Also, A Night on Bald Mountain, and others. Fritz Reiner, Chicago Symphony Orchestra. RCA SACD 82876-61394-2.
Many record companies continue to see something in Super Audio Compact Discs because even RCA jumped into the fray a number of years back with an SACD collection of their old “Living Stereo” recordings of the Fifties and Sixties. The idea is that some recording companies made many of these old recordings originally with microphones to the left, center, and right of the stage, the three channels subsequently mixed down into two-channel stereo. With the availability of multiple channels of sound on SACDs, the companies can now utilize the original mixes of three front channels to the fullest. And for those of us who don’t own an SACD player, most of these discs are hybrids, meaning there is also a regular two-channel layer that one can play on any regular CD machine. The theory is that companies can remaster the regular two-channel layer and make it sound even better than what they previously provided, as the folks at RCA have supposedly done in their “Living Stereo” series, the sound remastered via DSD, Direct Stream Digital.
Well, yes, in the two-channel SACD mode to which I listened, RCA did slightly improve the sound of Modest Mussorgsky’s Pictures at an Exhibition with Maestro Fritz Reiner and the Chicago Symphony. The highs no longer sound quite so bright or hard-edged. However, I also happened to have on hand the audiophile-remastered JVC disc of the same Mussorgsky recording, and I found the JVC smoother still, with a marginally greater depth of image. But that’s another story. The differences among the two-channel renderings on the three discs are really so small that I doubt most people would notice them except on direct comparison, let alone care. So I suppose the point is mostly moot unless you really, really love the performance, which I do, and then you want only the very best version of it.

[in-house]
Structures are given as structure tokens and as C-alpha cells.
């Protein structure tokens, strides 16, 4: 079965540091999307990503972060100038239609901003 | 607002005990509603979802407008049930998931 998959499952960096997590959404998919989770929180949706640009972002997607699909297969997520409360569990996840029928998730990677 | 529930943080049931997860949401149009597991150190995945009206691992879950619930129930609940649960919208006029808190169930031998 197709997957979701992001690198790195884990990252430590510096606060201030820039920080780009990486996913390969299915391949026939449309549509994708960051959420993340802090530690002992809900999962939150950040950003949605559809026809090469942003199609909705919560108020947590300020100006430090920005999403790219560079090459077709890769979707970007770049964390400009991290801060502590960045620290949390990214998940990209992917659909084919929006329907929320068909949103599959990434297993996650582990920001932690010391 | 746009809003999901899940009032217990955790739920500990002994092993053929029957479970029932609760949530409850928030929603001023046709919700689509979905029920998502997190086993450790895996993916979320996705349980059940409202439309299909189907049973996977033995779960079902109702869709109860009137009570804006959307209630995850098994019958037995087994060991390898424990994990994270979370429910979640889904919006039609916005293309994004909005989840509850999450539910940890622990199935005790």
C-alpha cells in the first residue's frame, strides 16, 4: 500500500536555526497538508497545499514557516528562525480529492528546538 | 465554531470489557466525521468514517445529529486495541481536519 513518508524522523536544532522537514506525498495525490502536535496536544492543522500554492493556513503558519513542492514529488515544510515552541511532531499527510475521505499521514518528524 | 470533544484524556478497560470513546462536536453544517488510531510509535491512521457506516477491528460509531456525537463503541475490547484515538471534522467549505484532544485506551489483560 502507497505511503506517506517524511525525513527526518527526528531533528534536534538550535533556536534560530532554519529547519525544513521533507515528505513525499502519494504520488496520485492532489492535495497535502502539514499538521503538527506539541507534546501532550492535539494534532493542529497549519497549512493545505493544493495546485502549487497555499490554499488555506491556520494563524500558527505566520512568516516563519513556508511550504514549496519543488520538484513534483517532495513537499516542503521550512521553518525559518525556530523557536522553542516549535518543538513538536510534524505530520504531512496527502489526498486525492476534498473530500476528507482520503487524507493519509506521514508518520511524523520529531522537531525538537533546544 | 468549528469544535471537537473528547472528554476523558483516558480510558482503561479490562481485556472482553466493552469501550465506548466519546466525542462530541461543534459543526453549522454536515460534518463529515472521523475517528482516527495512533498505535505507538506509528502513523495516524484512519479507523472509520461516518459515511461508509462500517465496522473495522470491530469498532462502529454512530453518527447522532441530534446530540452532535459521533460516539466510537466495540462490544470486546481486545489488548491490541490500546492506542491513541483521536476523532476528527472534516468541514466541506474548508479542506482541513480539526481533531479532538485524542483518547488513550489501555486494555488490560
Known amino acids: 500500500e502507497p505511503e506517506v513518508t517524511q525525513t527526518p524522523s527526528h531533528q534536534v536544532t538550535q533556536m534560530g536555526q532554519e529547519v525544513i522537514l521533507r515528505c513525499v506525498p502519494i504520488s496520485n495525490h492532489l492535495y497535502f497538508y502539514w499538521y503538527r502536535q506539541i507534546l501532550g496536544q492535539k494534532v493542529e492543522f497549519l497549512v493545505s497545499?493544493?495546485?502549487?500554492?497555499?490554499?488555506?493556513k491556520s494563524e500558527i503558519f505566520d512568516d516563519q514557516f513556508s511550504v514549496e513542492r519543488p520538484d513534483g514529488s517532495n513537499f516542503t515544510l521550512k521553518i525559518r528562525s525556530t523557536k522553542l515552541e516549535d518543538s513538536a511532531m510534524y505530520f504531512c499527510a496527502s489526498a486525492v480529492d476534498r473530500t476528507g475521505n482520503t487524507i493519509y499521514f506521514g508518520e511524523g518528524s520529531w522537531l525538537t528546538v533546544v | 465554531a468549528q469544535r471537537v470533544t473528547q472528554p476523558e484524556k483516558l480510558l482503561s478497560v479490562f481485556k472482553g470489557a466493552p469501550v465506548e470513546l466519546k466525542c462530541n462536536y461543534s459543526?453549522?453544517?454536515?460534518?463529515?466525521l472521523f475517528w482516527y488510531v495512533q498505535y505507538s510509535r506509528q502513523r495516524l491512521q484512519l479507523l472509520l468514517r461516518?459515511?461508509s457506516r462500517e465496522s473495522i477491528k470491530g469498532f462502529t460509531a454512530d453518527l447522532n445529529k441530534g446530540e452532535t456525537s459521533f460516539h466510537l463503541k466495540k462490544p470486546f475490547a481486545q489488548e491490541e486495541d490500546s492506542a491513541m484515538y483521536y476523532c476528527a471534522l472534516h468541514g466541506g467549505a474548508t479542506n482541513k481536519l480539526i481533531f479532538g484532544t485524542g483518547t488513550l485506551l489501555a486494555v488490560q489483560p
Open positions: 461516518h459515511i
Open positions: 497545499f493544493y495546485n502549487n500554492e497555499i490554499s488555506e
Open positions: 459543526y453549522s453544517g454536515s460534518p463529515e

The main thing about this whole affair is that Reiner’s 1957 interpretation of the Mussorgsky work is still the best one available, each “picture” an elegant little masterpiece, and RCA’s SACD edition has certain advantages over its regular competition. The SACD sounds good in two-channel stereo, with wonderful detailing and range, if not quite so good as the higher-priced JVC. It offers three-channel performance for those able to play it back that way. And coupled with it you’ll find the additional goodies that also come on the regular RCA release: Mussorgsky’s Night on Bald Mountain, Tchaikovsky’s Marche miniature, Borodin’s Polovtsian March, Tchaikovsky’s March slave, Kabalevsky’s Colas Breugnon, and Glinka’s Russlan and Ludmilla Overture, all of them filled with the color and excitement you’d expect from Reiner performances.
Don’t you hate decisions? I’m glad it’s not my job to make them for you. But for myself alone, I can’t think of a better Mussorgsky Pictures than Reiner’s.
To listen to a brief excerpt from this album, click here: